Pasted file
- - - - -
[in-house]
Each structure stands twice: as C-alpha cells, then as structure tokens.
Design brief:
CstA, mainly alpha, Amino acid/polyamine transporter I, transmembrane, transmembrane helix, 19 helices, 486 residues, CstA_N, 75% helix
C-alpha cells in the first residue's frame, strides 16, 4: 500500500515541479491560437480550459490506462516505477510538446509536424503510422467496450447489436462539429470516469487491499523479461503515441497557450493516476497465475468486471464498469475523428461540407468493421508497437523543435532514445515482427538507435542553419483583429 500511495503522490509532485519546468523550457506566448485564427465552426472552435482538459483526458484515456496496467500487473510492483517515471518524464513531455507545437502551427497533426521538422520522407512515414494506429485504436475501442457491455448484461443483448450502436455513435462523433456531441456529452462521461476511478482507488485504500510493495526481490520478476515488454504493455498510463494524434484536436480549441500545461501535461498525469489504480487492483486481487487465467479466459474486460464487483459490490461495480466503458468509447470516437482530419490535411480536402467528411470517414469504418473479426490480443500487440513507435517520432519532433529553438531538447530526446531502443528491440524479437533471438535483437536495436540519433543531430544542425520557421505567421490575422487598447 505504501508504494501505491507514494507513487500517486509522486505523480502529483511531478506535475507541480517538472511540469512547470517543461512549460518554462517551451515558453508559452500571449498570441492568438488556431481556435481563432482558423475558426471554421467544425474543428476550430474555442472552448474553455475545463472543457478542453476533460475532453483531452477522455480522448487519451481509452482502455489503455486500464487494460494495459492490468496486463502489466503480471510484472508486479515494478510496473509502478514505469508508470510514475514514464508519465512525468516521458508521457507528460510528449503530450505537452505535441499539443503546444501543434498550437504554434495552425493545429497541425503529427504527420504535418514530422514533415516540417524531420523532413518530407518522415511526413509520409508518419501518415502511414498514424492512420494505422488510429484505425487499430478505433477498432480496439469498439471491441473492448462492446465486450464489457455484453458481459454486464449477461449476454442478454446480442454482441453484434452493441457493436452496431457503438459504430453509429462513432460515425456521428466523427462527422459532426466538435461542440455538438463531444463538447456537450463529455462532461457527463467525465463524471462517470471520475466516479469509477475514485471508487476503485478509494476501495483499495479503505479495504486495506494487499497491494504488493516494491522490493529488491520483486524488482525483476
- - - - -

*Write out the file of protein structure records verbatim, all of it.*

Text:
[in-house]
Each structure stands twice: as C-alpha cells, then as structure tokens.
Design brief:
CstA, mainly alpha, Amino acid/polyamine transporter I, transmembrane, transmembrane helix, 19 helices, 486 residues, CstA_N, 75% helix
C-alpha cells in the first residue's frame, strides 16, 4: 500500500515541479491560437480550459490506462516505477510538446509536424503510422467496450447489436462539429470516469487491499523479461503515441497557450493516476497465475468486471464498469475523428461540407468493421508497437523543435532514445515482427538507435542553419483583429 500511495503522490509532485519546468523550457506566448485564427465552426472552435482538459483526458484515456496496467500487473510492483517515471518524464513531455507545437502551427497533426521538422520522407512515414494506429485504436475501442457491455448484461443483448450502436455513435462523433456531441456529452462521461476511478482507488485504500510493495526481490520478476515488454504493455498510463494524434484536436480549441500545461501535461498525469489504480487492483486481487487465467479466459474486460464487483459490490461495480466503458468509447470516437482530419490535411480536402467528411470517414469504418473479426490480443500487440513507435517520432519532433529553438531538447530526446531502443528491440524479437533471438535483437536495436540519433543531430544542425520557421505567421490575422487598447 505504501508504494501505491507514494507513487500517486509522486505523480502529483511531478506535475507541480517538472511540469512547470517543461512549460518554462517551451515558453508559452500571449498570441492568438488556431481556435481563432482558423475558426471554421467544425474543428476550430474555442472552448474553455475545463472543457478542453476533460475532453483531452477522455480522448487519451481509452482502455489503455486500464487494460494495459492490468496486463502489466503480471510484472508486479515494478510496473509502478514505469508508470510514475514514464508519465512525468516521458508521457507528460510528449503530450505537452505535441499539443503546444501543434498550437504554434495552425493545429497541425503529427504527420504535418514530422514533415516540417524531420523532413518530407518522415511526413509520409508518419501518415502511414498514424492512420494505422488510429484505425487499430478505433477498432480496439469498439471491441473492448462492446465486450464489457455484453458481459454486464449477461449476454442478454446480442454482441453484434452493441457493436452496431457503438459504430453509429462513432460515425456521428466523427462527422459532426466538435461542440455538438463531444463538447456537450463529455462532461457527463467525465463524471462517470471520475466516479469509477475514485471508487476503485478509494476501495483499495479503505479495504486495506494487499497491494504488493516494491522490493529488491520483486524488482525483476